When German Shepherd Puppies Slow Down?


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What should I do to get my German Shepherd puppy to stop jumping?


German Shepherd puppies are not the calmest of creatures. They are known for being high energy, excitable and full of life. While, in the beginning, you may find their excitement and playful nature endearing, there may come a time when you are longing for a calmer dog. So when German Shepherd puppies slow down?


The answer to this question is not as simple as it may seem. Every dog is different and will mature at different rates. Some German Shepherds will start to calm down when they are around 6 months old, while others may not start to show signs of calming down until they are a year or older.


Read on to learn more about when German Shepherd puppies calm down and what you can do to help your pup reach a more relaxed state.


When German Shepherd Puppies Slow Down?


Around the age of 2 to 3 years, German Shepherds will begin to show signs of becoming calmer. This will remain the case as they continue to mature.


Then, around the age of seven or eight, you may begin to notice noticeable changes in your GSD’s behavior. Even though they won’t be as hyperactive as they were before, the dogs will still be busy. In addition to this, they will become more satisfied and restful.


What Should I Do to Get My German Shepherd to Slow Down?


While there isn’t any permanent way to make your German Shepherd calm down, there are some things you can do to help encourage a more relaxed state. Here are some tips:


Stay Calm


A dog that has a good amount of unreleased energy is known as a hyper GSD. It’s possible that your dog will become even more upset if you become anxious. This is because the anxious energy that brings about anxiety is also the anxious energy that brings about hyper behavior.


Since German Shepherds are sensitive dogs that are able to understand the feelings of their owners, if you stay relaxed around him, he will realize that he does not need to be overly excited.


German Shepherds take some time to imitate the behavior of their owners, but over time, they become consistent with their masters’ mental states.


Do Not Reward Your Puppy


Since German Shepherd puppies are both adorable and easy to care for, their owners often unintentionally train them to be hyperactive. The probability is high that your dog will show signs of excitement upon your return home.


Your puppy may also jump upon you, and you’ll pet him. This interaction satisfies the dog’s need to be hyperactive and hence reinforces the behavior.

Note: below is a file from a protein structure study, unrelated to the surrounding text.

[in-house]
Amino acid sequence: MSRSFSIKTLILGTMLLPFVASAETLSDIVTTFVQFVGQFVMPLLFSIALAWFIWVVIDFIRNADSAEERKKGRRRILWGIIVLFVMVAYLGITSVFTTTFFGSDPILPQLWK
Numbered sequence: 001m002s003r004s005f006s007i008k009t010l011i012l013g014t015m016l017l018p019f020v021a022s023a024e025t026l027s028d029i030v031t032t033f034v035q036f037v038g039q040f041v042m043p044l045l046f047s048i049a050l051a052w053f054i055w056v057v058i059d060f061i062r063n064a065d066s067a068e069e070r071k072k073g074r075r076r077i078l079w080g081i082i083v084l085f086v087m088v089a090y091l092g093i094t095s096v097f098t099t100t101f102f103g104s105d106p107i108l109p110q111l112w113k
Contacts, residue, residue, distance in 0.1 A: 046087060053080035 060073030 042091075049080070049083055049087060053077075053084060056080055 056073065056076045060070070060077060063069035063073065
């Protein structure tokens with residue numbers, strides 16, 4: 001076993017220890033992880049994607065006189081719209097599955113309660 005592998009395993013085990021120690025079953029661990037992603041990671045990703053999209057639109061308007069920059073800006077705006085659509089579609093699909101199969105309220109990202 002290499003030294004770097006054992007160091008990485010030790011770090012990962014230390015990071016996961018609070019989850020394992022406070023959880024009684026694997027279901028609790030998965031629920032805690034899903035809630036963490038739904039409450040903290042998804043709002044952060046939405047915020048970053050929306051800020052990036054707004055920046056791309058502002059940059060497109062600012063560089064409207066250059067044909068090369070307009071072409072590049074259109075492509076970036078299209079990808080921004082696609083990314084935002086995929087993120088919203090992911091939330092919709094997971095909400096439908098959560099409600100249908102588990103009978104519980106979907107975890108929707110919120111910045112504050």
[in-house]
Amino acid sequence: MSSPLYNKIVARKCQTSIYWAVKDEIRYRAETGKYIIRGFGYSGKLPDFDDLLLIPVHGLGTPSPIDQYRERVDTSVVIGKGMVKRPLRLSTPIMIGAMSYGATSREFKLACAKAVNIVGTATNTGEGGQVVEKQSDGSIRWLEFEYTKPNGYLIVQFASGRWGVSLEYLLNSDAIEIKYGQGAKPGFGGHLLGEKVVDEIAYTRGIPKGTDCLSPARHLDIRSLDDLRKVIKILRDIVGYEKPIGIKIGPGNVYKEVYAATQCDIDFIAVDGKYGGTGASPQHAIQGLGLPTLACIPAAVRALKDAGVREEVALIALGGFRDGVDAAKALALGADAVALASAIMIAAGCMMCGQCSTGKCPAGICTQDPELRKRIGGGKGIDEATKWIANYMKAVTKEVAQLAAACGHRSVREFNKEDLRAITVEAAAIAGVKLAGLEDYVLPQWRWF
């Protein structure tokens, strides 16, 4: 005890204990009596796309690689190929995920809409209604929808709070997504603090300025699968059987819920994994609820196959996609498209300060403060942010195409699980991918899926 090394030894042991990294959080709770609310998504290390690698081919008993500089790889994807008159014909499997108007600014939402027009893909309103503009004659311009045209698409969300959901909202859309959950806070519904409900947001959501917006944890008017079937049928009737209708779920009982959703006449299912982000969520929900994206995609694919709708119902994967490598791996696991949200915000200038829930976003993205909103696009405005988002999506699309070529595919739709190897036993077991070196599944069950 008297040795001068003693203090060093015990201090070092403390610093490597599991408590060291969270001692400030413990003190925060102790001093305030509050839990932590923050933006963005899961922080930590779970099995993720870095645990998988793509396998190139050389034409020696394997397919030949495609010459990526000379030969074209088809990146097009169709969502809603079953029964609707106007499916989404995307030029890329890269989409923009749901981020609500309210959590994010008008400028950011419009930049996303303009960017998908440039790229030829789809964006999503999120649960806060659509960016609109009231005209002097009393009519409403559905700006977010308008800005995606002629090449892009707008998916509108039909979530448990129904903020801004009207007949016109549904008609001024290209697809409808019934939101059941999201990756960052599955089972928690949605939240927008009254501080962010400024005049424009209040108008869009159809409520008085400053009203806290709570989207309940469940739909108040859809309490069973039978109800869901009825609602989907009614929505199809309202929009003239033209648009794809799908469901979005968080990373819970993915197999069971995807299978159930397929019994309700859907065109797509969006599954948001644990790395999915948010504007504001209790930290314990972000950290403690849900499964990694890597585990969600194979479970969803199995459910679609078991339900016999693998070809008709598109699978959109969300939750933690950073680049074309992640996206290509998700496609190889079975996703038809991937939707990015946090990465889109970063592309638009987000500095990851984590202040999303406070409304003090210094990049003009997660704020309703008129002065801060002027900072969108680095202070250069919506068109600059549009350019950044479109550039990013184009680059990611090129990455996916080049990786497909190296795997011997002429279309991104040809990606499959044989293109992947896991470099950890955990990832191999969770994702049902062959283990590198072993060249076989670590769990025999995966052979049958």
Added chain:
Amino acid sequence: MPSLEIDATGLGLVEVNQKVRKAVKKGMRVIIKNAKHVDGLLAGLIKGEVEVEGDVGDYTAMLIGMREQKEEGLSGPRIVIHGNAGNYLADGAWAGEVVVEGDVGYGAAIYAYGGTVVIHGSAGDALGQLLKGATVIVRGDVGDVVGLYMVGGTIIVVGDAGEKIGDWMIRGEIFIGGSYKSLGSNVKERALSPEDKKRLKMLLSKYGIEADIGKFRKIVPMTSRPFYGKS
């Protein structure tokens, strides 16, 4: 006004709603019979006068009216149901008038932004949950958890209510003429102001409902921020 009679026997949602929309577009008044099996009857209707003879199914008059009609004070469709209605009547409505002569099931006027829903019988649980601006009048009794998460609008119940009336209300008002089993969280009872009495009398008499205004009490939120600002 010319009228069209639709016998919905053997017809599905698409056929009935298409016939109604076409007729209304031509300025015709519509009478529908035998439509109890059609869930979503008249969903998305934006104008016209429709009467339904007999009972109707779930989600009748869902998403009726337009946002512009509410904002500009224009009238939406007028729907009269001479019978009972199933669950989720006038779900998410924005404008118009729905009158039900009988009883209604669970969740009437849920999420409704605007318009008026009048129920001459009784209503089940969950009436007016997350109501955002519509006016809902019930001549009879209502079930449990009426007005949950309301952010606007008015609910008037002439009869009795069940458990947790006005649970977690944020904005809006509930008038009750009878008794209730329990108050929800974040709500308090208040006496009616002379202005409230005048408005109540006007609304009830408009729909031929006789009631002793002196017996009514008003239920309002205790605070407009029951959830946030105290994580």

In addition, when the young dog matures, you will need to consider the consequences of owning a large dog that has been trained to be overly active.


When it comes to establishing boundaries, your German Shepherd puppy should be treated like a fully developed big dog. When the dog gets overly excited, you should reduce the number of treats you give him as a reward. This is true regardless of whether the dog is a puppy or a grownup.


Let Your GSD Get Tired


When your German Shepherd is constantly hyperactive, there are two possible reasons, including:


  • You didn’t make him exercise.
  • It was too late when he got neutered.


In either situation, it would not be your puppy’s choice to let him exercise in a public place. If you have a backyard, you can just let the German Shepherd Dog play around there to release at least part of the pent-up energy that he has, and then you can bring him on a walk to burn off the rest of his excess energy.


Nevertheless, if you keep the German Shepherd in an apartment and don’t exercise him enough, it might be difficult to get him to settle down in a way that is safe. Look into the possibility of purchasing him a dog toy that requires him to use his muscles and then sit quietly next to him as he plays with the object.


Wrapping Up


So, when do German Shepherd slow down? German Shepherds will reach full maturity around the age of two to three years old, when they will start to show signs of becoming calmer.


However, by doing things such as staying calm, not rewarding your pup for hyperactive behavior, and letting him get tired through exercise, you can encourage a more relaxed state in your GSD at any age.


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Doug Burke

Doug Burke

We love Frank, our German Shepherd - he's basically part of the family.
But you know how it is - there are challenges and questions that every dog owner faces, so here's what I discovered about German Shepherds while raising him.

About Me

We love Frank, our German Shepherd – he’s basically part of the family.
But you know how it is – there are challenges and questions that every dog owner faces, so here’s what I discovered about German Shepherds while raising him.

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